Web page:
Monday, March 21, 2011
Rachel's Garden- Spring
As adults, who often lead complex, busy and stressful lives, it's far too easy to lose sight of those early encounters with nature that first captured our imaginations as children. Remember what it was like as a kid when you spent the entire day outdoors, exploring every hidden corner of your neighborhood?
Even as gardeners, who generally have a pretty good relationship with the earth, we can get so caught up in the endeavor of gardening itself, and all of its manifestations, that our original sources of inspiration become muddled. Occasionally, it's good to step back and take a fresh look at things. And there's no better perspective than to re-examine nature through the eyes of a child. Children have that unique gift of being able to distill an enormous amount of complexity into a few simple elements. And, they remind us of exactly why we were so attracted to the wonders of this beautiful world in the first place.
With the hope that I might at least shake up my own memory from time-to-time, I have introduced a new feature on the sidebar, called Rachel's Garden, which will feature artwork by Rachel. A little full disclosure right up front: Rachel happens to be our granddaughter. I don't think I'm breaking any child labor laws by including her here with me on this blog (she gets the same pay as I do), but admittedly it's a clear cut case of nepotism.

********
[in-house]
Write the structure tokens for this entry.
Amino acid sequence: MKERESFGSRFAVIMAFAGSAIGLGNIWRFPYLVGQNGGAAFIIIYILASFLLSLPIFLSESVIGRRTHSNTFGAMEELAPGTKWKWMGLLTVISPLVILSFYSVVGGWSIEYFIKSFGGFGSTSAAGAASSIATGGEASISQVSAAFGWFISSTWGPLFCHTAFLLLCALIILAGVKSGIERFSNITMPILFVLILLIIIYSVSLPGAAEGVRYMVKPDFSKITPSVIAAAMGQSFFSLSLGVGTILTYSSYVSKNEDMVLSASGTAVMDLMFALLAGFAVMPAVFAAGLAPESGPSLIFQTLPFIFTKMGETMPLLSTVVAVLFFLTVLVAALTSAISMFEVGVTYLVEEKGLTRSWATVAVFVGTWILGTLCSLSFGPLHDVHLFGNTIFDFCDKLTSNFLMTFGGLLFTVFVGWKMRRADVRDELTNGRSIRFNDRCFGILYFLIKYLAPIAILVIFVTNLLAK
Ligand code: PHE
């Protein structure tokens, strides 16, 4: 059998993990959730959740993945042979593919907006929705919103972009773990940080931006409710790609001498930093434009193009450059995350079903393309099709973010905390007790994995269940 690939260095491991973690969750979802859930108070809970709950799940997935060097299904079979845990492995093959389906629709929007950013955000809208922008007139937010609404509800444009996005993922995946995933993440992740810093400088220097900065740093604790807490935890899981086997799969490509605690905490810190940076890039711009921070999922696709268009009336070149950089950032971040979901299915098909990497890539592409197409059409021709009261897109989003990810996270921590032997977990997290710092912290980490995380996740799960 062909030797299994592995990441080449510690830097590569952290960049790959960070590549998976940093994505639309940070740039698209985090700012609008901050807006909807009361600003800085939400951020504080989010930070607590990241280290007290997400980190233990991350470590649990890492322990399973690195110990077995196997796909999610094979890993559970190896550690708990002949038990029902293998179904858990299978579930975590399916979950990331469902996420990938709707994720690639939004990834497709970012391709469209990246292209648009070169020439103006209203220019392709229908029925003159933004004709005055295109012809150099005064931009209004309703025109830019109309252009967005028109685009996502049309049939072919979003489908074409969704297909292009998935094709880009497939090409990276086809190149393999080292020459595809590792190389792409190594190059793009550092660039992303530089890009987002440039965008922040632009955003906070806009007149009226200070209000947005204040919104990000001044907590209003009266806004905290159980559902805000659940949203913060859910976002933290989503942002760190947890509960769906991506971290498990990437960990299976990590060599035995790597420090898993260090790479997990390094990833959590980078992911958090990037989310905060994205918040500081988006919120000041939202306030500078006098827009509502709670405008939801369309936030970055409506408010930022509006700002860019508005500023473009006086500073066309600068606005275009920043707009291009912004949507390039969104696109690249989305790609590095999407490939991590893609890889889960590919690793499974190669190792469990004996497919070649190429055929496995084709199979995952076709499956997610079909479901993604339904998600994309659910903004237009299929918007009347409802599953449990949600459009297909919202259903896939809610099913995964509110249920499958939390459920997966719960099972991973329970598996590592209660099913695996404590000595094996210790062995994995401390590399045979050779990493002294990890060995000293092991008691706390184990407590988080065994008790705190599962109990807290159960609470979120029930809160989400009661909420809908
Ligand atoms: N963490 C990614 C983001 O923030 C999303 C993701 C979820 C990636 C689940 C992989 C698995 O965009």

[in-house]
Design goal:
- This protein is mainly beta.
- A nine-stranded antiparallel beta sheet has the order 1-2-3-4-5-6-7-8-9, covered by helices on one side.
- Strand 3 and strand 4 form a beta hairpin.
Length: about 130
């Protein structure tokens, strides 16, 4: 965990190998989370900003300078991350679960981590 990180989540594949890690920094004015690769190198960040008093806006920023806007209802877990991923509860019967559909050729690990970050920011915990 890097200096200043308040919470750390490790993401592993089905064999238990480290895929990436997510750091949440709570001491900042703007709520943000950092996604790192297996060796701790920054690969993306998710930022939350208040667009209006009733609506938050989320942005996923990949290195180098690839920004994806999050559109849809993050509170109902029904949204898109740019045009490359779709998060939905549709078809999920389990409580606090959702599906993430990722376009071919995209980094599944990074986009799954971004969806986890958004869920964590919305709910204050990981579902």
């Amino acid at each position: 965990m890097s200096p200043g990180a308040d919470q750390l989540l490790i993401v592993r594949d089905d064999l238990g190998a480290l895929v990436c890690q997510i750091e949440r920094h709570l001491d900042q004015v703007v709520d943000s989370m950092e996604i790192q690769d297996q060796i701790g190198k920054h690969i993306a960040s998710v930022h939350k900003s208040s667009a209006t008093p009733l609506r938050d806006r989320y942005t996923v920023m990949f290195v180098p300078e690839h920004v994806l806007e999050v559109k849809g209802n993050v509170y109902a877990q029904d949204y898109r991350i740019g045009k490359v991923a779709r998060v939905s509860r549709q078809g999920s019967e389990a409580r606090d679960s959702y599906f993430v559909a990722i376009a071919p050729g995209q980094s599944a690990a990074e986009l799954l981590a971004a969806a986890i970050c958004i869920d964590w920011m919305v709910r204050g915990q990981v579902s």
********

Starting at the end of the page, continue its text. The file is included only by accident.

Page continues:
Each week I will feature a drawing by Rachel that will be uncluttered with text or description. Just a raw image of how she sees things. Like a little palate cleanser in between the entrees. And, just so it's clear what she has in mind (this could get ambiguous at times) she will title her own artwork. You'll also notice that she likes to sign all of her work with quite the little flourish!
Below Rachel's picture on the sidebar (you'll recognize her--she's the only one up there right now wearing a beret--the artist that she is), you'll also find some recommended links to websites whose focus is to reacquaint children with nature as well as to provide some real how-to information about getting kids involved in gardening at an early age.
I hope you enjoy her take on things, both the sublime and the peculiar, and that she might encourage all of us to look at the world just a little differently--perhaps a little more simply.